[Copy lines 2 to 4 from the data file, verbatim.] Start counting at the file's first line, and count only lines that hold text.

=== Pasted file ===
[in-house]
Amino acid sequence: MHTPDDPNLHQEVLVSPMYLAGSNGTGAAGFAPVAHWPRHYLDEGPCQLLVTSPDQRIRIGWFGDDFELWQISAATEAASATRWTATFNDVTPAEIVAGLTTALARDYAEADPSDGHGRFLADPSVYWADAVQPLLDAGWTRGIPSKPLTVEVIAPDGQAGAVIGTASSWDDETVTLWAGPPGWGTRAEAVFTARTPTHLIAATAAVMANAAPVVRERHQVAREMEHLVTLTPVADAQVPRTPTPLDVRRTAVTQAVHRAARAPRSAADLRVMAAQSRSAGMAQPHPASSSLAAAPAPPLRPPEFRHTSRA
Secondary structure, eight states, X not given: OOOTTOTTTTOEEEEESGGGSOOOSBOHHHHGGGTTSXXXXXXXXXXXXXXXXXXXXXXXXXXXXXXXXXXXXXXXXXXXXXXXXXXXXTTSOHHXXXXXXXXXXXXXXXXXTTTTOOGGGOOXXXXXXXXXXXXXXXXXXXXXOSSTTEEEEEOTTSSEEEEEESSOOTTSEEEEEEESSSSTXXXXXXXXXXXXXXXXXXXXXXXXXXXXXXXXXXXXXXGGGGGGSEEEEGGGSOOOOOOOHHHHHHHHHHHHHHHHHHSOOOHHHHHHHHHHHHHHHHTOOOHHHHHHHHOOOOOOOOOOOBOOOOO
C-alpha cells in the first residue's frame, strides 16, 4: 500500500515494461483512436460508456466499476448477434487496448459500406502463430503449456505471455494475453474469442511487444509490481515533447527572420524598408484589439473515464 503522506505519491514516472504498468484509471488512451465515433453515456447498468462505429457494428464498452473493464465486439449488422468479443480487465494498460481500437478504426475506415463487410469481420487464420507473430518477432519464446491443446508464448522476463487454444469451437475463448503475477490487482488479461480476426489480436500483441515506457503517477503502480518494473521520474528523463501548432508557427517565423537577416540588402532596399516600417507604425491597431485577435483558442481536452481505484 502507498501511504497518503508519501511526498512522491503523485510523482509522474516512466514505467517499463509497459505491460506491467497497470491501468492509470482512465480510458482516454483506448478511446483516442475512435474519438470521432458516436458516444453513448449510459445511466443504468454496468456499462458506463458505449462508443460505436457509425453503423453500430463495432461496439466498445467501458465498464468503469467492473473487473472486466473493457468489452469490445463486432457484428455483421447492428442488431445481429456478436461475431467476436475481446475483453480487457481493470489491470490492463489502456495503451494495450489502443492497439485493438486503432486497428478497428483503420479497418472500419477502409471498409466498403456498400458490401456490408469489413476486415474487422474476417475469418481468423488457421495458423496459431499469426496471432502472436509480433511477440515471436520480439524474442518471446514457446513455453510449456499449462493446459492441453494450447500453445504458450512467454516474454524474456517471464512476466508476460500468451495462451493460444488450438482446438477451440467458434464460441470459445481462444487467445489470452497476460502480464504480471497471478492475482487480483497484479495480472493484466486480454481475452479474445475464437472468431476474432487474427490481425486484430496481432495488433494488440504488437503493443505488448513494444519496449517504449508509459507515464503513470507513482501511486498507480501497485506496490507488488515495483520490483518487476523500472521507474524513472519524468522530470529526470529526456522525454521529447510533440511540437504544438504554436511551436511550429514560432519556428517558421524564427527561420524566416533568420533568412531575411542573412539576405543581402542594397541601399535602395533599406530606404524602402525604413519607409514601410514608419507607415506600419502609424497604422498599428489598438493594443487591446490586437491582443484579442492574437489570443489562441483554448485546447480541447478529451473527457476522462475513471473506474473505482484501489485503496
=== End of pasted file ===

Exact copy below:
Amino acid sequence: MHTPDDPNLHQEVLVSPMYLAGSNGTGAAGFAPVAHWPRHYLDEGPCQLLVTSPDQRIRIGWFGDDFELWQISAATEAASATRWTATFNDVTPAEIVAGLTTALARDYAEADPSDGHGRFLADPSVYWADAVQPLLDAGWTRGIPSKPLTVEVIAPDGQAGAVIGTASSWDDETVTLWAGPPGWGTRAEAVFTARTPTHLIAATAAVMANAAPVVRERHQVAREMEHLVTLTPVADAQVPRTPTPLDVRRTAVTQAVHRAARAPRSAADLRVMAAQSRSAGMAQPHPASSSLAAAPAPPLRPPEFRHTSRA
Secondary structure, eight states, X not given: OOOTTOTTTTOEEEEESGGGSOOOSBOHHHHGGGTTSXXXXXXXXXXXXXXXXXXXXXXXXXXXXXXXXXXXXXXXXXXXXXXXXXXXXTTSOHHXXXXXXXXXXXXXXXXXTTTTOOGGGOOXXXXXXXXXXXXXXXXXXXXXOSSTTEEEEEOTTSSEEEEEESSOOTTSEEEEEEESSSSTXXXXXXXXXXXXXXXXXXXXXXXXXXXXXXXXXXXXXXGGGGGGSEEEEGGGSOOOOOOOHHHHHHHHHHHHHHHHHHSOOOHHHHHHHHHHHHHHHHTOOOHHHHHHHHOOOOOOOOOOOBOOOOO
C-alpha cells in the first residue's frame, strides 16, 4: 500500500515494461483512436460508456466499476448477434487496448459500406502463430503449456505471455494475453474469442511487444509490481515533447527572420524598408484589439473515464 503522506505519491514516472504498468484509471488512451465515433453515456447498468462505429457494428464498452473493464465486439449488422468479443480487465494498460481500437478504426475506415463487410469481420487464420507473430518477432519464446491443446508464448522476463487454444469451437475463448503475477490487482488479461480476426489480436500483441515506457503517477503502480518494473521520474528523463501548432508557427517565423537577416540588402532596399516600417507604425491597431485577435483558442481536452481505484 502507498501511504497518503508519501511526498512522491503523485510523482509522474516512466514505467517499463509497459505491460506491467497497470491501468492509470482512465480510458482516454483506448478511446483516442475512435474519438470521432458516436458516444453513448449510459445511466443504468454496468456499462458506463458505449462508443460505436457509425453503423453500430463495432461496439466498445467501458465498464468503469467492473473487473472486466473493457468489452469490445463486432457484428455483421447492428442488431445481429456478436461475431467476436475481446475483453480487457481493470489491470490492463489502456495503451494495450489502443492497439485493438486503432486497428478497428483503420479497418472500419477502409471498409466498403456498400458490401456490408469489413476486415474487422474476417475469418481468423488457421495458423496459431499469426496471432502472436509480433511477440515471436520480439524474442518471446514457446513455453510449456499449462493446459492441453494450447500453445504458450512467454516474454524474456517471464512476466508476460500468451495462451493460444488450438482446438477451440467458434464460441470459445481462444487467445489470452497476460502480464504480471497471478492475482487480483497484479495480472493484466486480454481475452479474445475464437472468431476474432487474427490481425486484430496481432495488433494488440504488437503493443505488448513494444519496449517504449508509459507515464503513470507513482501511486498507480501497485506496490507488488515495483520490483518487476523500472521507474524513472519524468522530470529526470529526456522525454521529447510533440511540437504544438504554436511551436511550429514560432519556428517558421524564427527561420524566416533568420533568412531575411542573412539576405543581402542594397541601399535602395533599406530606404524602402525604413519607409514601410514608419507607415506600419502609424497604422498599428489598438493594443487591446490586437491582443484579442492574437489570443489562441483554448485546447480541447478529451473527457476522462475513471473506474473505482484501489485503496